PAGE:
Cinema and Media Studies Steven Soderbergh
Andrew deWaard
  • LAST REVIEWED: 13 September 2023
  • LAST MODIFIED: 29 June 2015
  • DOI: 10.1093/obo/9780199791286-0187


Born in Atlanta, Georgia, on 14 January 1963, Steven Soderbergh is a unique and prolific American filmmaking talent, having directed nearly thirty provocative films, often working as cinematographer, editor, cameraman, and screenwriter as well, while also helping produce dozens of films for his colleagues. His diverse body of cinematic work includes big-budget spectacles, formal experiments, crowd-pleasing genre films, and existential exercises. His feature films include the influential, independent debut sex, lies and videotape (1989), which won many awards, including the Palme d’Or at the Cannes Film Festival; the byzantine psychological thriller Kafka (1991); the Depression-era period piece King of the Hill (1993); the gloomy neo-noir The Underneath (1995); a stylization of a Spalding Gray monologue in Gray’s Anatomy (1996); the offbeat, low-budget experiment Schizopolis (1996); the crime caper Out of Sight (1998); the nonlinear revenge film The Limey (1999); the crowd-pleasing social problem film Erin Brockovich (2000); the multinarrative War on Drugs epic Traffic (2000), for which Soderbergh won an Oscar for Best Director; the slick, lucrative, franchise-starting Ocean’s Eleven (2001); the digital experiment Full Frontal (2002); the philosophical sci-fi romance Solaris (2002); the subversive sequel Ocean’s Twelve (2004); the blue-collar murder mystery Bubble (2005); the post-WWII historical pastiche The Good German (2006); the trilogy-ending Ocean’s Thirteen (2007); the two-part, clinical biopic of Ernesto “Che” Guevara Che (2008); the sex-work digital portrait The Girlfriend Experience (2009); the corporate satire The Informant! (2009); the collage-style documentary And Everything Is Going Fine (2010) about Spalding Gray; the pandemic-based disaster film Contagion (2011); the lean, gritty action film Haywire (2012); the wildly successful movie about male strippers Magic Mike (2012); the Hitchcockian thriller Side Effects (2013); and Behind the Candelabra (2013), a decadent biopic of Liberace for HBO. Soderbergh has since retired from feature-length filmmaking and shifted to a career in theater, writing, and television, including the Cinemax series The Knick (2014), following earlier work in television such as K Street (2003) and Unscripted (2005). Academic writing on Soderbergh’s cinematic body of work has tended to focus on certain topics: his bold, formal experiments in narrative, cinematography, editing, and genre; his significant role in the development of American independent filmmaking and unique deployment of film authorship; the representation of gender, race, and sexuality in his films; the critical stance toward political and corporate institutions; his deft usage of homage and adaptation; and the philosophical questions his films pose.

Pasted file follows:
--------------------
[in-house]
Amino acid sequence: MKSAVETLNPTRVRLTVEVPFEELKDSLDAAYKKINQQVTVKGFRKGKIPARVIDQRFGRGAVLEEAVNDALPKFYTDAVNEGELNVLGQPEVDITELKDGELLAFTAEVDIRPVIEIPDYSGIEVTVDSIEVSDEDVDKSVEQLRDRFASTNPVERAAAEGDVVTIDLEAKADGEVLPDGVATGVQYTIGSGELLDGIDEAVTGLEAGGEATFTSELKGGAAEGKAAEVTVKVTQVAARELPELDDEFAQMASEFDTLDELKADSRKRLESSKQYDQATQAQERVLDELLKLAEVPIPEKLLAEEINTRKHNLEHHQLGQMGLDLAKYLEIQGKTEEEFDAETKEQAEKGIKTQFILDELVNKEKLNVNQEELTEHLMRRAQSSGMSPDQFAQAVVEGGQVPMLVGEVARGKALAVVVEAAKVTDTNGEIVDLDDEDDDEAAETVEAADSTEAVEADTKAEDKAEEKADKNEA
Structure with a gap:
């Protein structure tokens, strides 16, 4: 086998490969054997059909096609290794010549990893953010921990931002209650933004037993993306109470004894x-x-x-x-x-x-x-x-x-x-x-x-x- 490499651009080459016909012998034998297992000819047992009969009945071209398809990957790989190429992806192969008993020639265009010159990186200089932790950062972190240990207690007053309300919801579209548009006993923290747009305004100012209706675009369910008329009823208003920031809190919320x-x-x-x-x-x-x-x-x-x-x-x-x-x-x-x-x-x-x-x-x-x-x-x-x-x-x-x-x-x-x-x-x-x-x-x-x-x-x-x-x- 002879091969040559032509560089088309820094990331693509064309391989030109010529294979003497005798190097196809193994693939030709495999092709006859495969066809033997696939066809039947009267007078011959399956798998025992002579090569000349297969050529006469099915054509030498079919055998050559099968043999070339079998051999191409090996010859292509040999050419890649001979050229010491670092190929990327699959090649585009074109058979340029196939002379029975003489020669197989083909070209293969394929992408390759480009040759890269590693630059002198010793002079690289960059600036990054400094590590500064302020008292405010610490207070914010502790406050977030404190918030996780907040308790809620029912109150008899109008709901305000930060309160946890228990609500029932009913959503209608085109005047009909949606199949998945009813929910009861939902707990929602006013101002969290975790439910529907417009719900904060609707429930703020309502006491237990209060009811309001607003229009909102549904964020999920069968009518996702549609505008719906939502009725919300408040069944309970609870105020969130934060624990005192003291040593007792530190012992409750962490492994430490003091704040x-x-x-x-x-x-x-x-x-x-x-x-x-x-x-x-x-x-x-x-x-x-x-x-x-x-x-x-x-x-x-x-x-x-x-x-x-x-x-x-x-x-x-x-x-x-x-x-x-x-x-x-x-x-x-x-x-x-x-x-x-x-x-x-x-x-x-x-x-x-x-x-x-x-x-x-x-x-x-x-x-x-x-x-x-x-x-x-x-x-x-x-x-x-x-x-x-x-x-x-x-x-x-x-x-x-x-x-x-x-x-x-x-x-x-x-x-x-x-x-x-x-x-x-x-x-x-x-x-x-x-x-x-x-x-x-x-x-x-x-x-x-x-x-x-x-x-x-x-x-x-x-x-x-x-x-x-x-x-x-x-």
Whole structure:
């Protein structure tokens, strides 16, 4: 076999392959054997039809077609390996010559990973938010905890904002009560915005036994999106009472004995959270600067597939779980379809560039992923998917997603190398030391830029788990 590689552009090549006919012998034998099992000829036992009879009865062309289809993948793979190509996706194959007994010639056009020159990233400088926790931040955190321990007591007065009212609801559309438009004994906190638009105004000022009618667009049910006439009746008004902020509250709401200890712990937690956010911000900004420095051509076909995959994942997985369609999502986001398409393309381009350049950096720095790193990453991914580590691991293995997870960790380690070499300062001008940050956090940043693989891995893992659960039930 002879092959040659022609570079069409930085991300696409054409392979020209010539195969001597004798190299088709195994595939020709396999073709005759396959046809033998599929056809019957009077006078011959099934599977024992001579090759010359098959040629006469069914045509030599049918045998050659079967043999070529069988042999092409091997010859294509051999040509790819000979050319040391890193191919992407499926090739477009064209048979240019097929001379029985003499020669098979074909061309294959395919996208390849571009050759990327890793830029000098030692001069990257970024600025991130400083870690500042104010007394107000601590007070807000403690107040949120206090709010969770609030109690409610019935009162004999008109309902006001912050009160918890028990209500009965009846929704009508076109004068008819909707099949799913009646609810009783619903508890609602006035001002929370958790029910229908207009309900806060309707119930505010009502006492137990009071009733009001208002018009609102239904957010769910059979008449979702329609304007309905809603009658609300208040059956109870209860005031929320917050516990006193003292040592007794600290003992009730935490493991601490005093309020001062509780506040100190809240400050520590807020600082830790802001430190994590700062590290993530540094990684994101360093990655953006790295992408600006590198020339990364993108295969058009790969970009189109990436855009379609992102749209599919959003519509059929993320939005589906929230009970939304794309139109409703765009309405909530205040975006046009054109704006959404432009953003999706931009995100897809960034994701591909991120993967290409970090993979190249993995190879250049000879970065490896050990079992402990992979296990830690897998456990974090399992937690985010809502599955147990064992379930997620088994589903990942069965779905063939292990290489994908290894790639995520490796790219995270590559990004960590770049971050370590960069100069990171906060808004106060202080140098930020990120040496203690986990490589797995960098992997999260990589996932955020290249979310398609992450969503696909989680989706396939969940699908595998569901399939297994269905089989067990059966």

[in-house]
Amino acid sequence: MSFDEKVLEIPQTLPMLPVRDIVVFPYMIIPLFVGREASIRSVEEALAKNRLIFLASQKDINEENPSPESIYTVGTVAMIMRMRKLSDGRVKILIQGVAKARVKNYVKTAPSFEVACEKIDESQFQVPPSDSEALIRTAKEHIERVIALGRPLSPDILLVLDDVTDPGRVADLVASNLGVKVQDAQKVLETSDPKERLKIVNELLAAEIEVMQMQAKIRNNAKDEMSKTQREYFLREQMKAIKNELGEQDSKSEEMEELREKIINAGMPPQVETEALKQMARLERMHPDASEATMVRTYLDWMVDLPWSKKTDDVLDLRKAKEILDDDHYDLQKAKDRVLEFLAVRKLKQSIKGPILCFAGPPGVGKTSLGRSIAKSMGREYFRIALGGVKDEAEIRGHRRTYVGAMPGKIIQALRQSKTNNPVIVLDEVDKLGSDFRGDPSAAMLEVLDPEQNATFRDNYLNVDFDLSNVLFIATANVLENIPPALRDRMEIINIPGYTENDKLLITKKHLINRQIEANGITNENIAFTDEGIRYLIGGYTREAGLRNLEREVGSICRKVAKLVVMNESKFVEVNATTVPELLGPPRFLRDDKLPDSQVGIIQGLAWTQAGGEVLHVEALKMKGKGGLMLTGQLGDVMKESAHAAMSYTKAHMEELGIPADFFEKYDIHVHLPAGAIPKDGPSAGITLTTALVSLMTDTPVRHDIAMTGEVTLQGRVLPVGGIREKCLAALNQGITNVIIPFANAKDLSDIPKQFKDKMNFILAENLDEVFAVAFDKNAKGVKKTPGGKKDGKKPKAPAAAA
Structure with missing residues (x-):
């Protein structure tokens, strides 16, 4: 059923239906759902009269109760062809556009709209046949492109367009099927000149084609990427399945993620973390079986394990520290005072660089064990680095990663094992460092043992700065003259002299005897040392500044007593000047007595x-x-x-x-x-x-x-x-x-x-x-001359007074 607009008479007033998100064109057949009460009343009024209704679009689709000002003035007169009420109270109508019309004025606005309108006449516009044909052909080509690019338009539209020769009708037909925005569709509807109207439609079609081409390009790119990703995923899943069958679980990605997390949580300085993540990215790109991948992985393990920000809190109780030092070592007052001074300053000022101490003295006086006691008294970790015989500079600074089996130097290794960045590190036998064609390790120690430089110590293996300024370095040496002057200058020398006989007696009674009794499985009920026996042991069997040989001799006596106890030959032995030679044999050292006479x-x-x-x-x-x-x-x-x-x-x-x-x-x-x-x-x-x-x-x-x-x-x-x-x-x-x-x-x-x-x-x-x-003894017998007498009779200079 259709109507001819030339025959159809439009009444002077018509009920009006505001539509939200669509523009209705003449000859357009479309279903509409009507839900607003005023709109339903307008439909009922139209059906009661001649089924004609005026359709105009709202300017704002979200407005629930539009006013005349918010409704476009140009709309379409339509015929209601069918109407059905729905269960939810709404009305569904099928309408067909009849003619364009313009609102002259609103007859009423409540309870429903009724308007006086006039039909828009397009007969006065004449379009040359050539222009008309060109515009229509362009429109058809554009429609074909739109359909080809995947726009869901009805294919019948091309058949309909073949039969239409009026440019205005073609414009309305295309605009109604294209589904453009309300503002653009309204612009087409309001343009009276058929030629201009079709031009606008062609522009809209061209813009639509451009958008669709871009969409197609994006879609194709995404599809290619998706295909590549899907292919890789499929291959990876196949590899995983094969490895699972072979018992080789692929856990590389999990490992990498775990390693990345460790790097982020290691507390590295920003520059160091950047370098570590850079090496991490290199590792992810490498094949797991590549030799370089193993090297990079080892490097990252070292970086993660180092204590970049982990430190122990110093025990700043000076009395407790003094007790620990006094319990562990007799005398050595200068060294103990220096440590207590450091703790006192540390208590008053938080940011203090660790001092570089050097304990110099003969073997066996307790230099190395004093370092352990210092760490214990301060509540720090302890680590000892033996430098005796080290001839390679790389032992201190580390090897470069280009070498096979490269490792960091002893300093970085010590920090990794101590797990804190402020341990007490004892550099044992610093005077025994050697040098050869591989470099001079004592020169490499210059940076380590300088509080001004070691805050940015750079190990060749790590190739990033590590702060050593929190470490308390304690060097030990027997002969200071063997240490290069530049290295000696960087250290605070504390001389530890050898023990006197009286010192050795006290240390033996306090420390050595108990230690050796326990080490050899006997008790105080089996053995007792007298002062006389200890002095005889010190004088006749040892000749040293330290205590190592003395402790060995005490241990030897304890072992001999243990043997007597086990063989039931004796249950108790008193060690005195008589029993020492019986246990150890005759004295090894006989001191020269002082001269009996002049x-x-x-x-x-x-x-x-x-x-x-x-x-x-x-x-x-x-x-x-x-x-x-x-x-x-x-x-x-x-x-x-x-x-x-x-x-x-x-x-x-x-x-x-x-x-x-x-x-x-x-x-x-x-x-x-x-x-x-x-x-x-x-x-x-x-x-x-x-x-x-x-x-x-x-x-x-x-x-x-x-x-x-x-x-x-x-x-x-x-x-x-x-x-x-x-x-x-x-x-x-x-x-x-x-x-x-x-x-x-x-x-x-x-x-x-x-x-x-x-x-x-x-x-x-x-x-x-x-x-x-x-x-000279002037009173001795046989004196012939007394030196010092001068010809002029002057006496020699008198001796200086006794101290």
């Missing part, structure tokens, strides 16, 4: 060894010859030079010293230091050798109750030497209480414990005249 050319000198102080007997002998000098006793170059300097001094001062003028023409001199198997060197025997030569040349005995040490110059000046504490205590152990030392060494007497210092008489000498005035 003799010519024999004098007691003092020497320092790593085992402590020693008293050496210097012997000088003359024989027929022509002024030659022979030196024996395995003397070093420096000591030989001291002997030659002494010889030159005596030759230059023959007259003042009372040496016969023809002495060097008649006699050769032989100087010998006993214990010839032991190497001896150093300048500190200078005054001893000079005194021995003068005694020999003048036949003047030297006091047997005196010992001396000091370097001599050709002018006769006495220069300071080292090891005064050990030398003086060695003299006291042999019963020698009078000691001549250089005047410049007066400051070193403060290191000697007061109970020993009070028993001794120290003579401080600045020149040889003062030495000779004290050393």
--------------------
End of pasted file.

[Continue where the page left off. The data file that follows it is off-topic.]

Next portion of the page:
More than twenty years into his career, a trio of books by film studies scholars finally arrived to take stock of the filmmaker’s broad and diverse body of work—Baker 2011, deWaard and Tait 2013, and Gallagher 2013—each with a unique auteurist analysis. Common themes include the changing nature of cinematic authorship, Soderbergh’s key role in the American independent film movement, genre filmmaking, intertextuality, and the theme of crime. A brief overview, Wood 2002, introduces Soderbergh for more general audiences, covering the first decade of his career.

  • Baker, Aaron. Steven Soderbergh. Urbana: University of Illinois Press, 2011.

    A concise, accessible, yet thorough overview of Soderbergh’s career, primarily approaching his body of work as a negotiation of European art cinema and Hollywood genre film, but also covering a series of thematic patterns: adaptation, star actors, crime, language, independence, digital video, class, and music.

  • deWaard, Andrew, and R. Colin Tait. The Cinema of Steven Soderbergh: Indie Sex, Corporate Lies, and Digital Videotape. New York: Wallflower/Columbia University Press, 2013.

    The authors of this unorthodox auteur study focus on thematic clusters traceable within Soderbergh’s prolific career and varied body of work: the changing role of the director (traditional, celebrity, and guerrilla), the mysterious figure of the detective (in The Limey, Solaris, and The Good German), and Soderbergh’s role in new genre cycles (the “New Crime Wave” in the ’90s, the ethical heist film, and the global social problem film).

  • Gallagher, Mark. Another Steven Soderbergh Experience: Authorship and Contemporary Hollywood. Austin: University of Texas Press, 2013.

    Gallagher focuses on the discourse and context surrounding Soderbergh’s career and body of work, providing the opportunity to analyze authorship itself in contemporary Hollywood with Soderbergh as a fertile case study. The author advances a number of provocative conceptualizations, such as “transhistorical taste cultures” (45), “co-situated textualities” (139), “global auteurism” (90), and “parafiction” (197). Includes an in-depth interview with the director.

  • Wood, Jason. Steven Soderbergh. Harpenden, UK: Pocket Essentials, 2002.

    A short guide that serves as a brief introduction to the filmmaker, detailing some biographical information as well as the cast and crew, plot, subtext, and background of each film, covering up to Ocean’s 11.

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